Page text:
I love Filipino people. They are without a doubt some of the friendliest, most accommodating people in the world. Sometimes they are accommodating beyond the realm of comfort, though, and this is something that often bothers me.
An example of what I am talking about is when it comes to food. Sometimes, during the day, I might ask Feyma what is for dinner. She will tell me something that sounds real delicious. For example, I really enjoy Shrimp. So, maybe Feyma will tell me that we are going to have sauteed shrimp for dinner, and I might be looking forward to that during the day, because it is something that I enjoy. When it is dinner time, I will take a look and everybody else in the house is eating something else, but there is a beautiful plate of sauteed shrimp there in my place!
I will then ask Feyma, where is your shrimp? She tells me that only I will have Shrimp, everybody else is eating vegetables and rice. I will explain to her that I think everybody should have shrimp too. I know that our kids don’t like shrimp, but I also know that it is a favorite of Feyma’s just like it is for me. So, when I ask her why she is not having shrimp, she will say that she doesn’t feel like shrimp, she feels like vegetables and rice, or fish of some sort. Now, sometimes I can believe that, because we all have different cravings, but I know that Feyma loves shrimp, and I wonder why she is not having it.
The reason, though, that she is not having the better dish becomes clear when you go other places. A lot of times, when I will go visit people, they will serve me the “better” food, and their family eats something less. Honestly, I believe it comes down that since you are a guest, and especially that you are a foreigner, you are given the “cream of the crop” and they will settle for something less.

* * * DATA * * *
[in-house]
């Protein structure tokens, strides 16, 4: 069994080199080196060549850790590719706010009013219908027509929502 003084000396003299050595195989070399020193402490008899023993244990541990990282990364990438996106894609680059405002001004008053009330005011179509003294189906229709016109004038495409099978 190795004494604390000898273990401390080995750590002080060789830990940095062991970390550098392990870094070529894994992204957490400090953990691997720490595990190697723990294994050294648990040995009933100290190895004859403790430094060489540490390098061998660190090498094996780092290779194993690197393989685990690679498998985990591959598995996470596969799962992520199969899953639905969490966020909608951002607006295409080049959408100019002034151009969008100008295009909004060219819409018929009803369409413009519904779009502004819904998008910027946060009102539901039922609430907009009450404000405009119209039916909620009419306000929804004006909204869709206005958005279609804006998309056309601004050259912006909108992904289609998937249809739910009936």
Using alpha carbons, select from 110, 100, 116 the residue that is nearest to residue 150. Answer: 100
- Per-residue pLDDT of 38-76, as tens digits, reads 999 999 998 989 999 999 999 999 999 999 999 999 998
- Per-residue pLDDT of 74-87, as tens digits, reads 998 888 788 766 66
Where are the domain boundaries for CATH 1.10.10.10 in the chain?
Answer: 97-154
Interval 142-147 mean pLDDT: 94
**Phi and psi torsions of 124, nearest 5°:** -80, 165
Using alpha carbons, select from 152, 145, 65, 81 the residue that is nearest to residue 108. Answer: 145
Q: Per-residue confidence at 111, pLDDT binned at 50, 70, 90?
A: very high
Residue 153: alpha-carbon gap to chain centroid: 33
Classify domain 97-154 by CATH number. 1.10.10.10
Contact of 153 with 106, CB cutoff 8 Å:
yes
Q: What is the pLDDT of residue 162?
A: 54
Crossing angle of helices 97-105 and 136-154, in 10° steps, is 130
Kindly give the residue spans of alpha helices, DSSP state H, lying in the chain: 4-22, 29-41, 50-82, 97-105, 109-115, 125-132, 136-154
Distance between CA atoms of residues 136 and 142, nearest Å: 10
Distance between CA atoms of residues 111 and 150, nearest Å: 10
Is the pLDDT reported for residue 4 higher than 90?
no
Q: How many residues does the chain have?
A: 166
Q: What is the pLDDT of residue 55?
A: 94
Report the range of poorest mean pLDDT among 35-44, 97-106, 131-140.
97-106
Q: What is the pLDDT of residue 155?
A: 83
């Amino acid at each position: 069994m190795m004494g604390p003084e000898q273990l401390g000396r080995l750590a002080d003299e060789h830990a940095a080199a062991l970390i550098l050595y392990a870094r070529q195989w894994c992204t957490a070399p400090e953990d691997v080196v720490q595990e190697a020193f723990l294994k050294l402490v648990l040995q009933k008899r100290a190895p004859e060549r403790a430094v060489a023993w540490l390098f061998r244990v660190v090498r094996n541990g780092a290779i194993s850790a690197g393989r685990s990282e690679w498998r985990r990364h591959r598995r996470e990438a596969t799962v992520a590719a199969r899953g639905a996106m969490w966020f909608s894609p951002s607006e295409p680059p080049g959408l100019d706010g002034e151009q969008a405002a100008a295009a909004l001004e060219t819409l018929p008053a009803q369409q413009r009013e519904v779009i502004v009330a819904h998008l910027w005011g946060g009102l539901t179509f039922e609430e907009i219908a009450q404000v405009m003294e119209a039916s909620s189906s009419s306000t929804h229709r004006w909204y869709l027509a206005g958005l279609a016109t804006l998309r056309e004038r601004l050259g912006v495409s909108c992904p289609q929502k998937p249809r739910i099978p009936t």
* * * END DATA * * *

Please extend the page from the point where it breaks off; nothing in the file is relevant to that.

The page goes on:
This is only an example of what I am talking about. It happens a lot with food, but with other things too. I remember the first time when I came to the Philippines, in 1990. I met Feyma in Cebu, and later we were going to fly to General Santos City to meet her family. When we arrived there in GenSan, we went to her family house. It was obvious that her parents were not well to do, yet they presented a big spread of food to welcome me. I can only imagine that they must have spent several weeks, maybe a month worth of their salary as a welcome to me when I visited them. This kind of thing makes me so uncomfortable. I mean, what is the appropriate thing for me to do? That time in 1990 when I visited Feyma’s family, I wanted to get some money and give them to pay for the welcome feast, but that also seems that it would be somewhat insulting to them, to give them money like that. Even though I have lived here for a long time now, I still don’t know how to appropriately handle things like this. It still makes me uncomfortable.
What do you think?